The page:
The Legend of Myddfai, Fairies in Welsh folklore and mythology, a tale from Myddfai Wales
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Category: Fairies
Sub Category: Fairy Ladies Marrying Men
Title: The Legend of Myddfai


A widow, who had an only son, was obliged, in consequence of the large flocks she possessed, to send, under the care of her son, a portion of her cattle to graze on the Black Mountain near a small lake called Llyn-y-Van-Bach.|One day the son perceived, to his great astonishment, a most beautiful creature with flowing hair sitting on the unruffled surface of the lake combing her tresses, the water serving as a mirror. Suddenly she beheld the young man standing on the brink of the lake with his eyes rivetted on her, and unconsciously offering to herself the provision of barley bread and cheese with which he had been provided when he left his home.|Bewildered by a feeling of love and admiration for the object before him, he continued to hold out his hand towards the lady, who imperceptibly glided near to him, but gently refused the offer of his provisions. He attempted to touch her, but she eluded his grasp, saying| Cras dy fara;Nid hawdd fy nala.|Hard baked is thy bread;It is not easy to catch me.|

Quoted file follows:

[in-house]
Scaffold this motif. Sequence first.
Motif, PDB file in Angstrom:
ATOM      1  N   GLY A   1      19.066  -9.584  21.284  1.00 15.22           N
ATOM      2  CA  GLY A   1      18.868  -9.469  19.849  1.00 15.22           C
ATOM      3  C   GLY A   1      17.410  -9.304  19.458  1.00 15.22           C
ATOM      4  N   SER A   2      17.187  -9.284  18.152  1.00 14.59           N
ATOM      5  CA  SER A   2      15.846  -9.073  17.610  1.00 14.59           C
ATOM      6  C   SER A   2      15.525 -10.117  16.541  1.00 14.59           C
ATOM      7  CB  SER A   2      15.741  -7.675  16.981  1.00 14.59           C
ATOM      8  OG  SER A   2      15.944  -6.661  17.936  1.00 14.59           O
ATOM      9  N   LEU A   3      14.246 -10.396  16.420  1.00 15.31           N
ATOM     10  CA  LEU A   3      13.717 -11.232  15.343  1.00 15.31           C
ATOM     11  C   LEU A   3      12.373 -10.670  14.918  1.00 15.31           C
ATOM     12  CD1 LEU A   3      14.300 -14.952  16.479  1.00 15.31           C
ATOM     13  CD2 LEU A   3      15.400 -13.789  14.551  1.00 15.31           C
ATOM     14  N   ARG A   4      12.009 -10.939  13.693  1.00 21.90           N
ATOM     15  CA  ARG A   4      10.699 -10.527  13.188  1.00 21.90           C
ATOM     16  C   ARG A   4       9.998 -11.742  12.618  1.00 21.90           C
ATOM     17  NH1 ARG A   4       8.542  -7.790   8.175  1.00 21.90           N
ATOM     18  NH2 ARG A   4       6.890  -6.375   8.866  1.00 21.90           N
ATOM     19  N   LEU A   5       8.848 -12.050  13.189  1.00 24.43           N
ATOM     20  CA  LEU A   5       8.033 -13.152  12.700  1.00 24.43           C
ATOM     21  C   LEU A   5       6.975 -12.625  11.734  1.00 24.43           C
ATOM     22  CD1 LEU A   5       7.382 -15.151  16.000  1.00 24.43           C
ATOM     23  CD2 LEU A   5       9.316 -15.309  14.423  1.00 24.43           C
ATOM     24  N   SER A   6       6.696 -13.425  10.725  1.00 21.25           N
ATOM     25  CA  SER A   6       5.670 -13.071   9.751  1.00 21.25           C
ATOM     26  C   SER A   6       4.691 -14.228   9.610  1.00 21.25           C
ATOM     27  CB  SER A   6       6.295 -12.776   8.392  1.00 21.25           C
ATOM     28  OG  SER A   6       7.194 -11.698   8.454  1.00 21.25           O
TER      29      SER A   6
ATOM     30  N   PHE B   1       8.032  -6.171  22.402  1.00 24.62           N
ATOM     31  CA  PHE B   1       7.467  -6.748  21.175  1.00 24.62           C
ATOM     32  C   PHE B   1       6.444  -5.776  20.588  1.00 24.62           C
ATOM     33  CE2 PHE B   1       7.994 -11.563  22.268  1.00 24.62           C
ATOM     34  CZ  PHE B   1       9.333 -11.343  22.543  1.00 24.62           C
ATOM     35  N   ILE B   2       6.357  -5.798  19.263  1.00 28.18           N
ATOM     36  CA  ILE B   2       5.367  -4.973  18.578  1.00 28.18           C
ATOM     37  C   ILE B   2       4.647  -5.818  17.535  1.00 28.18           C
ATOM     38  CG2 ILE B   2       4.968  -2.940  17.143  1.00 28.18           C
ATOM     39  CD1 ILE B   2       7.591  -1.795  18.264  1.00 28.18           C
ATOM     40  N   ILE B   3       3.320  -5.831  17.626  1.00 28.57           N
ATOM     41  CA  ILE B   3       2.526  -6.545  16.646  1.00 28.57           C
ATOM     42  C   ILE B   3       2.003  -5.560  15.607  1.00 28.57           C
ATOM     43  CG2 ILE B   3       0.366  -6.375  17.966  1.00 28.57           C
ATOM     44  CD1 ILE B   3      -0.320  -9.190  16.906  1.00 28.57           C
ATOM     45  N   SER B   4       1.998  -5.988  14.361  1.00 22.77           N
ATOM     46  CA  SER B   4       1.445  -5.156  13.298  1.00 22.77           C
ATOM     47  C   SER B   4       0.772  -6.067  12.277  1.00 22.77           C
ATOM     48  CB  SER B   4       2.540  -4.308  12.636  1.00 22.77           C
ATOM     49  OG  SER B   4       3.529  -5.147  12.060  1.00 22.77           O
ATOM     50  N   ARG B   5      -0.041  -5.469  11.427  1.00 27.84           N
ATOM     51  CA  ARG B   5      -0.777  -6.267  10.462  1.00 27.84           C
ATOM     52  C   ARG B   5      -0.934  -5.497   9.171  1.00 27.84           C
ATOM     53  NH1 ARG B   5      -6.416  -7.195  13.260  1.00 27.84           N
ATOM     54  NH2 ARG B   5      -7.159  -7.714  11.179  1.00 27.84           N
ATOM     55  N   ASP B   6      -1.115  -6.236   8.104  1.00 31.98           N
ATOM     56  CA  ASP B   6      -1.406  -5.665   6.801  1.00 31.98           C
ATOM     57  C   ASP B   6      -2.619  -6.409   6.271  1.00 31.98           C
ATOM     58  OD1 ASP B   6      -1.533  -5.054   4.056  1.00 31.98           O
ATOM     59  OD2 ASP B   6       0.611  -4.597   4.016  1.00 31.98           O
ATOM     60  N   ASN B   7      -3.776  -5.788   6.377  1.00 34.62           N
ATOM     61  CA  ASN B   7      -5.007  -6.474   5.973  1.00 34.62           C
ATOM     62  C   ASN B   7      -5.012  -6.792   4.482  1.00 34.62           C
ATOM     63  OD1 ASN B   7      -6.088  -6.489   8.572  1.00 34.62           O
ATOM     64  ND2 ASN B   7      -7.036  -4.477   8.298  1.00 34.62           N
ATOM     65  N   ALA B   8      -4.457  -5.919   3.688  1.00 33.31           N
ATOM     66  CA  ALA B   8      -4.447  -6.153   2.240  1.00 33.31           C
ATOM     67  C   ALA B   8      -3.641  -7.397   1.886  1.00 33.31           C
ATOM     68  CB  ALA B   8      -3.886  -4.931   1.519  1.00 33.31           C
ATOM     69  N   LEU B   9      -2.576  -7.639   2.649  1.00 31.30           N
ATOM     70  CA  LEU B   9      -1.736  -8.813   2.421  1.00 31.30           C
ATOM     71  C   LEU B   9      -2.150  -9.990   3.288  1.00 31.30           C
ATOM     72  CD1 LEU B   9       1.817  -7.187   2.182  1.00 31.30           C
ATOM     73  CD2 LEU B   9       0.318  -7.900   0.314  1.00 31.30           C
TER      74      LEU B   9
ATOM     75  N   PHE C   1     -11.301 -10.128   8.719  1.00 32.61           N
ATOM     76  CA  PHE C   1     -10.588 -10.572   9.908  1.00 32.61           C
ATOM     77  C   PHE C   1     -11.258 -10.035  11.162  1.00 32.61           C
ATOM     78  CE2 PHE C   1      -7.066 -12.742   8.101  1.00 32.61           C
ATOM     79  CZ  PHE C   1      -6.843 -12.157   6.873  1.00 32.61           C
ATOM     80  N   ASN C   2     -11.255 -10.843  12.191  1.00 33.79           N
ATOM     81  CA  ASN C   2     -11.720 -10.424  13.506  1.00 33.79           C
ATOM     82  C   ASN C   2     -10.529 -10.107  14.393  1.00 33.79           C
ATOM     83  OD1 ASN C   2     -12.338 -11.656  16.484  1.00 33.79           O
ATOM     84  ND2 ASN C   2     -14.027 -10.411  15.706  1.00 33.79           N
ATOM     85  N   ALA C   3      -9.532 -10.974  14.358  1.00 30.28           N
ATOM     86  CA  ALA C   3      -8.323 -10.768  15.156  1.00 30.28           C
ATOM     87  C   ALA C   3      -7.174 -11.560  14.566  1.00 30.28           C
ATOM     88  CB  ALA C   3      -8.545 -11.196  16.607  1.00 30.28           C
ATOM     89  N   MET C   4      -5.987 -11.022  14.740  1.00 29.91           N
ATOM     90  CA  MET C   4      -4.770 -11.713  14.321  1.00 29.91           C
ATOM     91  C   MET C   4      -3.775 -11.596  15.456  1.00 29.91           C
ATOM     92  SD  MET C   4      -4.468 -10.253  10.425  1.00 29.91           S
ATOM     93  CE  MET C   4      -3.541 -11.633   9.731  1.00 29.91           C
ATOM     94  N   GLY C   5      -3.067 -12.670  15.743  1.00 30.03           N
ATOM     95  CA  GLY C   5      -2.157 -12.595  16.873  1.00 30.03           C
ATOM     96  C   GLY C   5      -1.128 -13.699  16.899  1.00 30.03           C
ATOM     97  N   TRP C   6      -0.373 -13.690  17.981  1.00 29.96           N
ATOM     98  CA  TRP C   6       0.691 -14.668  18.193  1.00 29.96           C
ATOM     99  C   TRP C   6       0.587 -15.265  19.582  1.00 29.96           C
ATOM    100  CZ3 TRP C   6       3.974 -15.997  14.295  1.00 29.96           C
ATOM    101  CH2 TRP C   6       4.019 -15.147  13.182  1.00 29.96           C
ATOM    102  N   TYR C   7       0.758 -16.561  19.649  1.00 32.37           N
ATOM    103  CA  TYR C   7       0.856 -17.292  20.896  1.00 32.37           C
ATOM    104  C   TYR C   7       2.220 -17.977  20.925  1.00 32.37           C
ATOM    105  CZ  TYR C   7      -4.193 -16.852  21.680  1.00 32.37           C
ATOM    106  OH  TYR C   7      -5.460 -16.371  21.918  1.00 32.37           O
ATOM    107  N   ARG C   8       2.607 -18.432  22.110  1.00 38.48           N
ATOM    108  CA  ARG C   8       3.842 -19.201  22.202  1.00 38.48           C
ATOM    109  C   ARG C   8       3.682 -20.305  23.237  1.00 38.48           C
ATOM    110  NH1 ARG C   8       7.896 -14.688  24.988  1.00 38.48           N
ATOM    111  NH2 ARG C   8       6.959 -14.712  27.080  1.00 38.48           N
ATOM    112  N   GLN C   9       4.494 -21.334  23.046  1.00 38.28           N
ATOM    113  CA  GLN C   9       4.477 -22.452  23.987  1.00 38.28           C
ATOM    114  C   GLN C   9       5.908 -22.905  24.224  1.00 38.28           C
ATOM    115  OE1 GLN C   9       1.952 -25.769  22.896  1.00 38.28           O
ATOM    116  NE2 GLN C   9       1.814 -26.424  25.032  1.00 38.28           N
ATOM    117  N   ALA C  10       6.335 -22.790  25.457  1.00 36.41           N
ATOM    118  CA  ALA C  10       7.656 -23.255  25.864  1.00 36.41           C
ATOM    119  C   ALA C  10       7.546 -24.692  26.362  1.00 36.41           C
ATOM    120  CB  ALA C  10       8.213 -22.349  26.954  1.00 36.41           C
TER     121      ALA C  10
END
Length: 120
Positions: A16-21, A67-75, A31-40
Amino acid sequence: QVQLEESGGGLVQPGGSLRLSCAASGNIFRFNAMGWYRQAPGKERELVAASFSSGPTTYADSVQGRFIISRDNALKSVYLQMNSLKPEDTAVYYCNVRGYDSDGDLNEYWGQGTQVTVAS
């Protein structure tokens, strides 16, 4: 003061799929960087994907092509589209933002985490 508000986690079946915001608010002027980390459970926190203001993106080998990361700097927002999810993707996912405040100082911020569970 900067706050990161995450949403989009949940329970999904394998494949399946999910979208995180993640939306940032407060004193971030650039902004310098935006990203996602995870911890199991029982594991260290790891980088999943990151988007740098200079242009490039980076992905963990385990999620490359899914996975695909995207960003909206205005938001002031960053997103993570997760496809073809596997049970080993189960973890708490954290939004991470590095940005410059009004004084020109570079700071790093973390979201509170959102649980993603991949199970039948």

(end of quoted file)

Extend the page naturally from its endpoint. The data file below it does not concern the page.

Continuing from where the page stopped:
She immediately dived under the water and disappeared, leaving the love-stricken youth to return home a prey to disappointment and regret that he had been unable to make further acquaintance with the lovely maiden with whom he had desperately fallen in love.|On his return home he communicated to his mother the extraordinary vision. She advised him to take some unbaked dough the next time in his pocket, as there must have been some spell connected with the hard baked bread, or “Bara Cras,” which prevented his catching the lady.|Next morning, before the sun was up, the young man was at the lake, not for the purpose of looking after the cattle, but that he might again witness the enchanting vision of the previous day. In vain did he glance over the surface of the lake; nothing met his view, save the ripples occasioned by a stiff breeze, and a dark cloud hung heavily on the summit of the Van.|Hours passed on, the wind was hushed, the overhanging clouds had vanished, when the youth was startled by seeing some of his mother’s cattle on the precipitous side of the acclivity, nearly on the opposite side of the lake. As he was hastening away to rescue them from their perilous position, the object of his search again appeared to him, and seemed much more beautiful than when he first beheld her. His hand was again held out to her, full of unbaked bread, which he offered to her with an urgent proffer of his heart also, and vows of eternal attachment, all of which were refused by her, saying|Llaith dy fara!,|Ti ni fynna.|Unbaked is thy bread!|I will not have thee.|But the smiles that played upon her features as the lady vanished beneath the waters forbade him to despair, and p. 18cheered him on his way home. His aged parent was acquainted with his ill success, and she suggested that his bread should the next time be but slightly baked, as most likely to please the mysterious being.|Impelled by love, the youth left his mother’s home early next morning. He was soon near the margin of the lake impatiently awaiting the reappearance of the lady. The sheep and goats browsed on the precipitous sides of the Van, the cattle strayed amongst the rocks, rain and sunshine came and passed away, unheeded by the youth who was wrapped up in looking for the appearance of her who had stolen his heart. The sun was verging towards the west, and the young man casting a sad look over the waters ere departing homewards was astonished to see several cows walking along its surface, and, what was more pleasing to his sight, the maiden reappeared, even lovelier than ever. She approached the land and he rushed to meet her in the water. A smile encouraged him to seize her hand, and she accepted the moderately baked bread he offered her, and after some persuasion she consented to become his wife, on condition that they should live together until she received from him three blows without a cause,|Tri ergyd diachos,|Three causeless blows,|when, should he ever happen to strike her three such blows, she would leave him for ever. These conditions were readily and joyfully accepted.|Thus the Lady of the Lake became engaged to the young man, and having loosed her hand for a moment she darted away and dived into the lake. The grief of the lover at this disappearance of his affianced was such that he determined to cast himself headlong into its unfathomed depths, and thus end his life. As he was on the point of p. 19committing this rash act, there emerged out of the lake two most beautiful ladies, accompanied by a hoary-headed man of noble mien and extraordinary stature, but having otherwise all the force and strength of youth. This man addressed the youth, saying that, as he proposed to marry one of his daughters, he consented to the union, provided the young man could distinguish which of the two ladies before him was the object of his affections. This was no easy task, as the maidens were perfect counterparts of each other.|Whilst the young man narrowly scanned the two ladies and failed to perceive the least difference betwixt the two, one of them thrust her foot a slight degree forward. The motion, simple as it was, did not escape the observation of the youth, and he discovered a trifling variation in the mode in which their sandals were tied. This at once put an end to the dilemma, for he had on previous occasions noticed the peculiarity of her shoe-tie, and he boldly took hold of her hand.|“Thou hast chosen rightly,” said the Father, “be to her a kind and faithful husband, and I will give her, as a dowry, as many sheep, cattle, goats, and horses, as she can count of each without heaving or drawing in her breath. But remember, that if you prove unkind to her at any time and strike her three times without a cause, she shall return to me, and shall bring all her stock with her.”|Such was the marriage settlement, to which the young man gladly assented, and the bride was desired to count the number of sheep she was to have. She immediately adopted the mode of counting by fives, thus:—One, two, three, four, five,—one, two, three, four, five; as many times as possible in rapid succession, till her breath was exhausted. The same process of reckoning had to determine the number of goats, cattle, and horses, respectively; and in an p. 20instant the full number of each came out of the lake, when called upon by the Father.|The young couple were then married, and went to reside at a farm called Esgair Llaethdy, near Myddvai, where they lived in prosperity and happiness for several years, and became the parents of three beautiful sons.|Once upon a time there was a christening in the neighbourhood to which the parents were invited. When the day arrived the wife appeared reluctant to attend the christening, alleging that the distance was too great for her to walk. Her husband told her to fetch one of the horses from the field. “I will,” said she, “if you will bring me my gloves which I left in our house.” He went for the gloves, and finding she had not gone for the horse, he playfully slapped her shoulder with one of them, saying “dôs, dôs, go, go,” when she reminded him of the terms on which she consented to marry him, and warned him to be more cautious in the future, as he had now given her one causeless blow.|On another occasion when they were together at a wedding and the assembled guests were greatly enjoying themselves the wife burst into tears and sobbed most piteously. Her husband touched her on the shoulder and inquired the cause of her weeping; she said, “Now people are entering into trouble, and your troubles are likely to commence, as you have the second time stricken me without a cause.”|Years passed on, and their children had grown up, and were particularly clever young men. Amidst so many worldly blessings the husband almost forgot that only one causeless blow would destroy his prosperity. Still he was watchful lest any trivial occurrence should take place which his wife must regard as a breach of their marriage contract. She told him that her affection for him was unabated, and warned him to be careful lest through inadvertence he might give the last and only blow which, by an unalterable destiny, over which she had no control, would separate them for ever.|One day it happened that they went to a funeral together, where, in the midst of mourning and grief at the house of the deceased, she appeared in the gayest of spirits, and indulged in inconsiderate fits of laughter, which so shocked her husband that he touched her, saying—“Hush! hush! don’t laugh.” She said that she laughed because people when they die go out of trouble, and rising up, she went out of the house, saying, “The last blow has been struck, our marriage contract is broken, and at an end. Farewell!” Then she started off towards Esgair Llaethdy, where she called her cattle and other stock together, each by name, not forgetting, the “little black calf” which had been slaughtered and was suspended on the hook, and away went the calf and all the stock, with the Lady across Myddvai Mountain, and disappeared beneath the waters of the lake whence the Lady had come. The four oxen that were ploughing departed, drawing after them the plough, which made a furrow in the ground, and which remains as a testimony of the truth of this story.|She is said to have appeared to her sons, and accosting Rhiwallon, her firstborn, to have informed him that he was to be a benefactor to mankind, through healing all manner of their diseases, and she furnished him with prescriptions and instructions for the preservation of health. Then, promising to meet him when her counsel was most needed, she vanished. On several other occasions she met her sons, and pointed out to them plants and herbs, and revealed to them their medicinal qualities or virtues.|So ends the Myddvai Legend.|A variant of this tale appears in the form of a letter in the Cambro-Briton, vol. ii, pp. 313-315. The editor prefaces the legend with the remark that the tale “acquires an additional interest from its resemblance in one particular to a similar tradition current in Scotland, wherein certain beasts, brought from a lake, as in this tale, play much the same part as is here described.” The volume of the Cambro-Briton now referred to was published in 1821 and apparently the writer, who calls himself Siencyn ab Tydvil, communicates an unwritten tradition afloat in Carmarthenshire, for he does not tell us whence he obtained the story.